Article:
Playing board games with your child is great. There are a ton of skills kids can develop from playing board games. And it can be fun and a great bonding experience. But how should you, the adult, play the game? Do you let your child “cheat” so they win or do you play by the rules and try to win, yourself? It really depends on their age and maturity. Focusing on what is developmentally appropriate, I’ve actually done both.
Three-year-olds are just starting to develop the most basic skills needed to play a board or card game. A great first game is Candy Land. The rules are simple and there is no reading. The child just needs to be able to match colors and grasp the concept of moving from the starting line to the end of the board to be able to play.
I’ll tell you a little secret. I hate playing Candy Land. And it was the first game all of my kids learned to play. However, I disliked it so much I happily let my kids cheat so we could get the game done faster. Why was this okay? Let me explain.
Cheating at Candy Land
When a preschooler first learns a game like Candy Land, they don’t really understand all the rules. The first step is learning that when you turn over a purple card, you move your gingerbread man to a purple square. Then you wait while the person you are playing with takes a turn.
When we first start playing games for the first time, I focus just on making sure my child understands the turn-taking and moving to the right color. Waiting to take a turn is often hard at this age and important to reinforce.
Often, my kids skipped the very next purple on the path and put their little man too many squares ahead. Did I correct them? No. I just moved my own pieces the “right” way on my turns. The best part of them moving faster was the game was over faster. Hooray! They got to see what happens when the game ends, they get to the castle!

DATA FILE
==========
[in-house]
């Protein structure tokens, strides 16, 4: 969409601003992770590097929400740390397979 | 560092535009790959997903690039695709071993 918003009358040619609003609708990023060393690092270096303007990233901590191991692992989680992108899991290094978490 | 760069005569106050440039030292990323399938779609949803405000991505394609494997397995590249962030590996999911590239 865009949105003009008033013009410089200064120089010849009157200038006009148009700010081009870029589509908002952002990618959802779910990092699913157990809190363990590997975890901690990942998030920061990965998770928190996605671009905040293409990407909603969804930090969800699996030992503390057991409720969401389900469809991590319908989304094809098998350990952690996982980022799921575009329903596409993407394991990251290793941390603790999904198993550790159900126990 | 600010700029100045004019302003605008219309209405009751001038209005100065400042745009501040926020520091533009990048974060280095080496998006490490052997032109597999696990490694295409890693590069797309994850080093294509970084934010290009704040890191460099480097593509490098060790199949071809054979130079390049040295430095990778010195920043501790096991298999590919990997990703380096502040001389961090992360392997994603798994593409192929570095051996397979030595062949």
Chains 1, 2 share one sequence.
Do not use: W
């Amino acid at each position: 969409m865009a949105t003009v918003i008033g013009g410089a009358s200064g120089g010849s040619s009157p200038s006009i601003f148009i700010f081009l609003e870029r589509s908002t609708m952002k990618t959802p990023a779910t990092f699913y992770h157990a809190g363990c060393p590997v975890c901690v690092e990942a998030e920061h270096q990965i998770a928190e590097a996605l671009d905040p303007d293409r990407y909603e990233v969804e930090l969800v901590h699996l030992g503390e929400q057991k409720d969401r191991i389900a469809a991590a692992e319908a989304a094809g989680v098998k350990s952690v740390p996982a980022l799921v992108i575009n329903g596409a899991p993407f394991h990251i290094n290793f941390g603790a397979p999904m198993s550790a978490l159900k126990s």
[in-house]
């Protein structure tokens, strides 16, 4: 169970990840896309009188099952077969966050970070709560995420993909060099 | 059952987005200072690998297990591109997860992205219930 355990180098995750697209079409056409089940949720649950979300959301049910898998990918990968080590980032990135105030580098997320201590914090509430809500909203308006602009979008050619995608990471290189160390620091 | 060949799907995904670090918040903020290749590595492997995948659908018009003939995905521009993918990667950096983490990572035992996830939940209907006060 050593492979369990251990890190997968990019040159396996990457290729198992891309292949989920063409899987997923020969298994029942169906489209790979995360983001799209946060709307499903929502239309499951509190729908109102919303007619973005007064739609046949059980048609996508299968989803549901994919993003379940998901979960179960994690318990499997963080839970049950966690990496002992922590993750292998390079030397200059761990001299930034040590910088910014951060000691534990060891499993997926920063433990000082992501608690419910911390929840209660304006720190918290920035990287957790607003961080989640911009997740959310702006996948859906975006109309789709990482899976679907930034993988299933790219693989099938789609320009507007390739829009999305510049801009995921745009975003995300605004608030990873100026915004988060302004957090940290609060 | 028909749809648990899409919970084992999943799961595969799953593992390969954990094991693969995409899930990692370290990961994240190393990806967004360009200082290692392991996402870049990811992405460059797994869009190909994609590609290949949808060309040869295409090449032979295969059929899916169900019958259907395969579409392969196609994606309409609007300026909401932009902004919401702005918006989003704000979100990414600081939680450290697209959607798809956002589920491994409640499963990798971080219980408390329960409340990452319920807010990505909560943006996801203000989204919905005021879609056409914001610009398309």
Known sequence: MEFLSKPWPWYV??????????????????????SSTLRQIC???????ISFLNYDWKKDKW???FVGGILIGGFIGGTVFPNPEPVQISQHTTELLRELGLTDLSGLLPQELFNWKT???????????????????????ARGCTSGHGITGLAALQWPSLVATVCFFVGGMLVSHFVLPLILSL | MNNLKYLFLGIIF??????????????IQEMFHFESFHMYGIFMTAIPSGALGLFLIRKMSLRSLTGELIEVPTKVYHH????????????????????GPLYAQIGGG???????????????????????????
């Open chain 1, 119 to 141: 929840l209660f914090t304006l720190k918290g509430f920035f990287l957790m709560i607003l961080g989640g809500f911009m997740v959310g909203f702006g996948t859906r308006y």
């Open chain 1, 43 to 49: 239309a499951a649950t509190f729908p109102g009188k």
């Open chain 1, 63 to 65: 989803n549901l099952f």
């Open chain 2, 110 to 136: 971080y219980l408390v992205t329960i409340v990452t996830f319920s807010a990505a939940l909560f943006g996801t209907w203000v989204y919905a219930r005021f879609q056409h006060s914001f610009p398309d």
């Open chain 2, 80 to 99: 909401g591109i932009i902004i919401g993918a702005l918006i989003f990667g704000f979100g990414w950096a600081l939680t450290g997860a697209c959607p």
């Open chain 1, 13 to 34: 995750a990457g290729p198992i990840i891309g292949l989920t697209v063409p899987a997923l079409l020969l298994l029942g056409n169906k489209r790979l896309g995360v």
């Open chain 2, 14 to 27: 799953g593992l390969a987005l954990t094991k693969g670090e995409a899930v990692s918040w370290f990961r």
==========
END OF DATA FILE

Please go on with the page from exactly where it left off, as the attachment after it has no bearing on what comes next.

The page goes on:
I also often cheated with this game by stacking the deck. There are little cards that send you to certain squares on the board, like the Peppermint Forest. Drawing one of these cards when the game is almost over can make it take a lot longer by sending you backward on the path. Instead, I would find those cards and either remove them or put them in the general order they appear on the board with just a few color cards between. This also could speed up the game if done correctly and it gave my child something else to look for on the board. Hunting for those unique squares among all the colors was another opportunity to strengthen their visual scanning skills.
Will they Always Cheat?
If you want your child to be able to play Candy Land with other kids, eventually you will need to introduce them to the actual rules. Around age 4, or after playing enough to get the hang of it, kids naturally notice those color squares they were jumping past. They notice you aren’t going as fast. You can gently explain if they are still trying to move too many spaces.
Cheating as a preschooler in no way has to do with a desire to be a cheater, but it can be related to emotional maturity. It can also be a sign you made too big a deal of being a “winner.”
At age 3-5 many kids don’t have the maturity needed for winning and losing. They think that if they win, they are a winner, and if they lose they themselves are a loser. This is why they get overly upset about losing. They think it reflects poorly on them and their character. They don’t understand that the game is just a game. Playing cooperative games at this age is ideal so that kids can all win or lose together. It softens the losses to see that everyone lost together.